Friday, March 26, 2010

The All-Impressive Graticciaia

“You can taste the sun,” said Antonio, owner of Il Connubio restaurant, when describing it. “It does send a message to the rest of the world that Puglia is home to very distinguished wines.” said wine specialist Tom Hyland. “You will come back and thank me,” said the clerk at the wine store when he tried to slip the 48-euro bottle into my box without telling me its price. In the end, after hearing so much about Agricole Vallone’s “Graticciaia,” drinking it the other night was a relief: it actually is one-of-a-kind.


(It was a good night as you can tell from the label) Foremost, I wish I had more experience drinking Amarone, because Graticciaia is made using the recioto or rasinate process; I could then better compare and contrast the wines. Graticciaia is made of 100% Negroamaro grapes, which are picked at the very end of September. Negroamaro and Malvasia Nera are usually the last grapes to get picked in Puglia, but the Negroamaro used in Graticciaia are picked even later than usual. They are then laid out on grati, or mesh mats, where they dry until reaching the perfect ratio of sugar and acidity, resulting in a very concentrated wine.

I decided to drink Graticciaia after seeing it on Il Connubio’s wine list for 50 euro. I mean, if you’re gonna drink an expensive bottle of wine, you might as well pair it with incredible dishes prepared by chefs who have cooked Slow Food in Milan, Paris, and New York City. To see it for only 2 euro more than it is usually sold in wine stores sealed the deal. We drank it with a filletto of Argentinean beef with, naturally, a Negroamaro sauce, and a smorgasbord of roasted rabbit (I think I ate a testicle, which was kinda weird).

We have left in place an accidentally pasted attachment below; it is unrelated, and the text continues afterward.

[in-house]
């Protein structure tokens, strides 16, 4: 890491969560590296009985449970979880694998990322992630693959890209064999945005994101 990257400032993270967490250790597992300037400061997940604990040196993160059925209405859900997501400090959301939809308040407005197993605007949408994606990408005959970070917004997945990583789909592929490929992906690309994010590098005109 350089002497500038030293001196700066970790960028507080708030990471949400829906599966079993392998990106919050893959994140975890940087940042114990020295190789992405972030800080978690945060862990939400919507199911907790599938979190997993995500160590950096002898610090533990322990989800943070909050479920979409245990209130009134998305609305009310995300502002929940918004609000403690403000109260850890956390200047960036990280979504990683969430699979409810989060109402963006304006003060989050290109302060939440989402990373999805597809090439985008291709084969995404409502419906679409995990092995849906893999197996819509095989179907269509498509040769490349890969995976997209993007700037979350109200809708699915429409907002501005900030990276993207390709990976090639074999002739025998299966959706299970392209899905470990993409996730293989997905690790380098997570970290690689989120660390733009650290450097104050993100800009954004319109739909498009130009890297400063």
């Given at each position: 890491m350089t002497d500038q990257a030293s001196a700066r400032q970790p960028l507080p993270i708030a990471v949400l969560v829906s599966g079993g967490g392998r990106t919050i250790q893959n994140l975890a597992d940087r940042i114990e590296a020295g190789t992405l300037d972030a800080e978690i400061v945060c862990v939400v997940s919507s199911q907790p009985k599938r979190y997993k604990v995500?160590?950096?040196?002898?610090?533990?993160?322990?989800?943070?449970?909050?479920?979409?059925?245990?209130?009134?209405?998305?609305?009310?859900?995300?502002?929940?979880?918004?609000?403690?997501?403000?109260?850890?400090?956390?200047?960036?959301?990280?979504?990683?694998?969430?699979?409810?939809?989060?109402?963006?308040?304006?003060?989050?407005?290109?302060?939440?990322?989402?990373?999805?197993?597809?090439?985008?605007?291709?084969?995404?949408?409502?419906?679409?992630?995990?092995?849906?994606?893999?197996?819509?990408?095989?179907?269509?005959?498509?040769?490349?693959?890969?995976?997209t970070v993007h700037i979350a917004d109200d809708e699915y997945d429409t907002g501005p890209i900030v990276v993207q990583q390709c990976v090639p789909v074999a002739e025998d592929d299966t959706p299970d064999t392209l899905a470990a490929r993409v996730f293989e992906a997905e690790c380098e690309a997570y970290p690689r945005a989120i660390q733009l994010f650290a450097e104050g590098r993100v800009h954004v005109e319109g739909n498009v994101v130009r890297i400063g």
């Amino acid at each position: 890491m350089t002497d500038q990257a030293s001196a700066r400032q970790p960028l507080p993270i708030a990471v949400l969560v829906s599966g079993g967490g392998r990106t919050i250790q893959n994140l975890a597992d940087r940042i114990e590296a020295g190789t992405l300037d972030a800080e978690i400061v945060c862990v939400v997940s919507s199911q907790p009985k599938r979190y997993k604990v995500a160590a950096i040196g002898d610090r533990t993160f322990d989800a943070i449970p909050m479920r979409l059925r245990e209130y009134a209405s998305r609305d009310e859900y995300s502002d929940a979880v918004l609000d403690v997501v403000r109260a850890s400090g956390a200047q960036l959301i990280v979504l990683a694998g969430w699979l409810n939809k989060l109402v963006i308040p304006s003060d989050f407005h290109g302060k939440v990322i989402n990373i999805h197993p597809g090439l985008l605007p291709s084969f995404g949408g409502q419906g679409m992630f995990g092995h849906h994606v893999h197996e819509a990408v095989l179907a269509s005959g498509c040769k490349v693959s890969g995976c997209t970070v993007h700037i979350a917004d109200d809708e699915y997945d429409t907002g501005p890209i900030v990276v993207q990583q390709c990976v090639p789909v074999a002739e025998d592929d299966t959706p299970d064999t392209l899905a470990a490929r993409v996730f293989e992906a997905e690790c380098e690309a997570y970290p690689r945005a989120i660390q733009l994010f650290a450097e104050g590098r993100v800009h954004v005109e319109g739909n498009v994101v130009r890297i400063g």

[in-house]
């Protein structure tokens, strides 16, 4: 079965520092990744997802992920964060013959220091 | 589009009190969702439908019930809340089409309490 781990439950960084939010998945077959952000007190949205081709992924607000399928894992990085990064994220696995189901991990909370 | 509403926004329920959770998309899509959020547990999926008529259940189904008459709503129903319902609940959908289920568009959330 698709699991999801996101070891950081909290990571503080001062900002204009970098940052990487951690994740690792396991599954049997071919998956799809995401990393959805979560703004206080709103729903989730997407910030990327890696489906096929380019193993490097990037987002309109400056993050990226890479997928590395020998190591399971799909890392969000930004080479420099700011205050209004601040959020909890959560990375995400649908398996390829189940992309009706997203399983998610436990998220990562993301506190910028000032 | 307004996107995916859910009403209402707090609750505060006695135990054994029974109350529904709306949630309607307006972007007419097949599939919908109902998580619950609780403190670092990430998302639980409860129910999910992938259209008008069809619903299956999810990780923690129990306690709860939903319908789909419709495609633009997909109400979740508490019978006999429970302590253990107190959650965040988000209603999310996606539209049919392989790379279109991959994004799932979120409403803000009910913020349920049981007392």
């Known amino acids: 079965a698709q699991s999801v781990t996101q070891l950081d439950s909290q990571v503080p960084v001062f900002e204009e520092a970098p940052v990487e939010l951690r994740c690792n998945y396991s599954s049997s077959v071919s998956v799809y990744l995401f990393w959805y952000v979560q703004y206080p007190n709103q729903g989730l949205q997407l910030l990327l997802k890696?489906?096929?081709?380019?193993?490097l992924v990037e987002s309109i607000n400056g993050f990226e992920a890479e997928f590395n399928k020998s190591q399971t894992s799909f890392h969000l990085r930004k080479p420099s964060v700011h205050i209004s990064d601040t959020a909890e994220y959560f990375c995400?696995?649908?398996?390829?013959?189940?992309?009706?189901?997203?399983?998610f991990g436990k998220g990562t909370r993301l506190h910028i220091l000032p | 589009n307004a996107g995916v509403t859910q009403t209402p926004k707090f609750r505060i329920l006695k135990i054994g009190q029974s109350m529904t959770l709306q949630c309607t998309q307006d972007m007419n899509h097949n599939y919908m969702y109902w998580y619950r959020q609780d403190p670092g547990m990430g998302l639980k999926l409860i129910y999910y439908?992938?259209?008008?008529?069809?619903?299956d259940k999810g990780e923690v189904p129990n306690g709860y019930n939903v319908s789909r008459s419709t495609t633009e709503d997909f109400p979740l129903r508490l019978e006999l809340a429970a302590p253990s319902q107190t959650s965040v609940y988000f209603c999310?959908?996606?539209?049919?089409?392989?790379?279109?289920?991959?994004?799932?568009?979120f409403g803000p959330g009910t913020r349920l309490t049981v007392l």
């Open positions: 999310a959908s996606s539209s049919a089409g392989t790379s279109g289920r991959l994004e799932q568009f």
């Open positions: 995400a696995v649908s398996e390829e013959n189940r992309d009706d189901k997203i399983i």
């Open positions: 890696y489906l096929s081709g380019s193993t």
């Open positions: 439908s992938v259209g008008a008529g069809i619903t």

We let the wine breathe, decanted, for 45 minutes. The first sip was exciting. The wine is very complex, making it difficult to pinpoint specific flavors. But talk about personality! The wine was perfectly smooth and balanced except for a jolting spike of flavor that popped out about ¾ of the way through the sip. Then, just as quickly, the flavor spike pulled back to leave the mouth with a long, dark, rich, and silky finish. I’ve never had a wine shock me like this before, and the semi-sweet jolt of concentrated flavor was elating.

From the Amarone that I have drank, I can say that Graticciaia shares the concentrated character of Amarone, but that Graticciaia is clearly 100% Negroamaro. The grape pulls through its personality.

So, using Karen McNeil’s definition for complexity, this wine is complex in the way that a great piece of art is: something too beautiful to grasp keeps making you think about it.

Of course, this is not an everyday drinking wine. Graticciaia is only made during excellent years. And 2004 was certainly one such year. But if you ever get the chance, it is one of the best examples of Negroamaro that I’ve ever drank. Come to think of it, it’s one of the best examples of wine I’ve ever drank too.

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